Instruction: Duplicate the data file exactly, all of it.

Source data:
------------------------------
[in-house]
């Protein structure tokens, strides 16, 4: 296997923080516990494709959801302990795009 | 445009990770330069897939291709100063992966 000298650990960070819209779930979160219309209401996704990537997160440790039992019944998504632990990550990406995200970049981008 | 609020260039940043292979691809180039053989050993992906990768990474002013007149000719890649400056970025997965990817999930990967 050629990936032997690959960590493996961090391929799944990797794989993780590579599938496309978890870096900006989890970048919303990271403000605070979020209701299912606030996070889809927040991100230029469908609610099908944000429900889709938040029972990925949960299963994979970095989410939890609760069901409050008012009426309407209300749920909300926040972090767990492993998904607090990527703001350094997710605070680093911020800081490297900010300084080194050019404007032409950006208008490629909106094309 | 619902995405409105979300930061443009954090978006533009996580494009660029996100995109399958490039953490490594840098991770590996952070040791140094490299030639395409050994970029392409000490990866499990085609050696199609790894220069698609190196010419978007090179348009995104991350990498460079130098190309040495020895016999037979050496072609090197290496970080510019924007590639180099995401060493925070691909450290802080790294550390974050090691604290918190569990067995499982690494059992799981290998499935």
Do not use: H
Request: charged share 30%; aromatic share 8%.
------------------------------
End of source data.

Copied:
[in-house]
């Protein structure tokens, strides 16, 4: 296997923080516990494709959801302990795009 | 445009990770330069897939291709100063992966 000298650990960070819209779930979160219309209401996704990537997160440790039992019944998504632990990550990406995200970049981008 | 609020260039940043292979691809180039053989050993992906990768990474002013007149000719890649400056970025997965990817999930990967 050629990936032997690959960590493996961090391929799944990797794989993780590579599938496309978890870096900006989890970048919303990271403000605070979020209701299912606030996070889809927040991100230029469908609610099908944000429900889709938040029972990925949960299963994979970095989410939890609760069901409050008012009426309407209300749920909300926040972090767990492993998904607090990527703001350094997710605070680093911020800081490297900010300084080194050019404007032409950006208008490629909106094309 | 619902995405409105979300930061443009954090978006533009996580494009660029996100995109399958490039953490490594840098991770590996952070040791140094490299030639395409050994970029392409000490990866499990085609050696199609790894220069698609190196010419978007090179348009995104991350990498460079130098190309040495020895016999037979050496072609090197290496970080510019924007590639180099995401060493925070691909450290802080790294550390974050090691604290918190569990067995499982690494059992799981290998499935």
Do not use: H
Request: charged share 30%; aromatic share 8%.